Wednesday, June 12, 2024
 
 

Muslims surround and attack Sikh holy sites in Pakistan

EPA-EFE//RAMINDER PAL SINGH
Sikh devotees pray as they prepare to leave for Pakistan to take part in a religious procession as part of the 550th birthday anniversary of Guru Nanak Dev, the first Sikh Guru and founder of Sikhism, in Amritsar, India.

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Hundreds of Muslims in Pakistan recently besieged a prominent gurdwara, a place of assembly and worship, trapping Sikhs for hours in the process.
The violence followed the celebration of Guru Gobind Singh Jayanti, a festival commemorating the birthday of the tenth Sikh guru on January 2.
A video posted on social media showed hundreds of Muslims surrounding Nankana Sahib, the pilgrimage site in Pakistan’s Punjab Province, and attacking the holy place with stones while shouting that they would destroy the sire and change its name to Ghulam-e-Mustafa, an Arabic term meaning “the Servant of the Prophet Mohammad”.
The Pakistani police later dispersed the crowd and the gurdwara was re-opened.
Indian leaders condemned the attacks and urged Pakistani officials to protect the country’s Sikh minority and other non-Muslim holy sites.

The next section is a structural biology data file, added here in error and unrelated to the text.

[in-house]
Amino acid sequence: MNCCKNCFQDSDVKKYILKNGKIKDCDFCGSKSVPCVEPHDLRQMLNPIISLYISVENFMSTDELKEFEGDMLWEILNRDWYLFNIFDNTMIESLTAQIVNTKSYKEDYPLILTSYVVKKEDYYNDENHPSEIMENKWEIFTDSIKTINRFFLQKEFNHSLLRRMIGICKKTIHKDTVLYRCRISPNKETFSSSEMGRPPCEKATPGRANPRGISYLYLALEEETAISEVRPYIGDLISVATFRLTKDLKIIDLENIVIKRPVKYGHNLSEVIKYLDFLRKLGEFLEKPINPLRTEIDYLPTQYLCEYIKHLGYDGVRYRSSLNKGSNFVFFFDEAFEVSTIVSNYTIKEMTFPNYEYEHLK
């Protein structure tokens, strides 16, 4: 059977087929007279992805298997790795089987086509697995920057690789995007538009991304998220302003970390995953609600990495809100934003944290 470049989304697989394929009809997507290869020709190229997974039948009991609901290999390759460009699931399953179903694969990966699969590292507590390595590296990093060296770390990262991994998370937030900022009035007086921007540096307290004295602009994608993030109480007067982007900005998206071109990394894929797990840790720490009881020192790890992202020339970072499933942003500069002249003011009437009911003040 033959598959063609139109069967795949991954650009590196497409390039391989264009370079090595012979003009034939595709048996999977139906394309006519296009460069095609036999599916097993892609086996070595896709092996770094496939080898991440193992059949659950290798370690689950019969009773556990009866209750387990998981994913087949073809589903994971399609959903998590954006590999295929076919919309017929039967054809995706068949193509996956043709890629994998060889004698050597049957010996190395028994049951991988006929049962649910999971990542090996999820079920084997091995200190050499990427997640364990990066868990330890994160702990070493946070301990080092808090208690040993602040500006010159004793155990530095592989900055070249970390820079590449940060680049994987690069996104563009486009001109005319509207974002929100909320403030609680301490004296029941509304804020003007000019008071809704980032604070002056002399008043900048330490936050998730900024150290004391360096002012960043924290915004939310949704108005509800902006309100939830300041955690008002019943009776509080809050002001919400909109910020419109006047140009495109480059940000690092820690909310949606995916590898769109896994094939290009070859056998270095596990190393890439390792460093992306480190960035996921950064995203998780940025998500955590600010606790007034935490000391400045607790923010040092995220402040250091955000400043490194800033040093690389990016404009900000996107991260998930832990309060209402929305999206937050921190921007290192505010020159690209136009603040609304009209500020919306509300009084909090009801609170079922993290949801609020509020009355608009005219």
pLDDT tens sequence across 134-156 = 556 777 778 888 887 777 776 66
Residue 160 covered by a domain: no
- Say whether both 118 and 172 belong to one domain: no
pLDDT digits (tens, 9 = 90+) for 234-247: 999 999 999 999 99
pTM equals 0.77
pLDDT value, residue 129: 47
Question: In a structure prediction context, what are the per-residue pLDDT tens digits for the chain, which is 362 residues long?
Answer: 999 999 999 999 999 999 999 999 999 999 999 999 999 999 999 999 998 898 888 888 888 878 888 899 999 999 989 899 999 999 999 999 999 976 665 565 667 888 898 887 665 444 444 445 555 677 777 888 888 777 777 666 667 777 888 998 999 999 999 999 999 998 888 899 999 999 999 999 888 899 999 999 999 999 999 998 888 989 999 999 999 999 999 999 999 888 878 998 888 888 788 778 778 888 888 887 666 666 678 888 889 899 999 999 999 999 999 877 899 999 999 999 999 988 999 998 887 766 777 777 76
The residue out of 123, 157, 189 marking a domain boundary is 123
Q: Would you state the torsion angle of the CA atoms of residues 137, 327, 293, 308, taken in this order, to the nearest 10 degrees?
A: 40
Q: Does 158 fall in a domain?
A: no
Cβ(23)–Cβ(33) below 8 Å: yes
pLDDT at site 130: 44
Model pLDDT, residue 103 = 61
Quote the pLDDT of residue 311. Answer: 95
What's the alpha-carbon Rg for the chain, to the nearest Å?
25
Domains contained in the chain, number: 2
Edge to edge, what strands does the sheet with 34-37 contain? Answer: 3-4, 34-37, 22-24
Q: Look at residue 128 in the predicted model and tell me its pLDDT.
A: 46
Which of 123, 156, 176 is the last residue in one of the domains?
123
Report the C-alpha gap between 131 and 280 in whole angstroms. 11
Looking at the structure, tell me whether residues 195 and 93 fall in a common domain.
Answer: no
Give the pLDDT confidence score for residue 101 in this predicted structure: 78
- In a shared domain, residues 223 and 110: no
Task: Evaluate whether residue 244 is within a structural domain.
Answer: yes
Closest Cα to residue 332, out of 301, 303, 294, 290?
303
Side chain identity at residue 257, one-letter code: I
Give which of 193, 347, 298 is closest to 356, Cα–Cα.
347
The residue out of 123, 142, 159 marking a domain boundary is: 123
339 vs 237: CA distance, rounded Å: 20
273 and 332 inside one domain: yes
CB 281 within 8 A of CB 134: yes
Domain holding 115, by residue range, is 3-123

“India strongly condemns these wanton acts of destruction and desecration of a holy place. We call upon the Government of Pakistan to take immediate steps to ensure the safety, security, and welfare of the members of the Sikh community. Strong action must be taken against the miscreants who indulged in the desecration of the holy Gurdwara and attacked members of the minority Sikh community,” India’s Ministry of External Affairs said in a press release shortly after the attack.
The relationship between Pakistan’s Muslim populations and its tiny Sikh community had been at a historic high prior to the attack on the historic gurdwara. This had prompted India to open the 4-kilometre Kartarpur Sahib Corridor that allows Sikh pilgrims to travel between Sikh gurdwaras in India’s Punjab to the Pakistani side of the same region, which was divided between the two rival states following the partition of British India in 1947.
The rights of Sikhs, as a religious minority, have been repeatedly violated in Pakistan, which is 98% Muslim. Rights advocates from Pakistan’s Sikh community have emphasised that since 2002, the historic Sikh population in the country has plummeted from 40,000 people to only 8,000 amid threats of forced conversions and increased violence that has specifically targeted Sikh worshipers and their holy sites.

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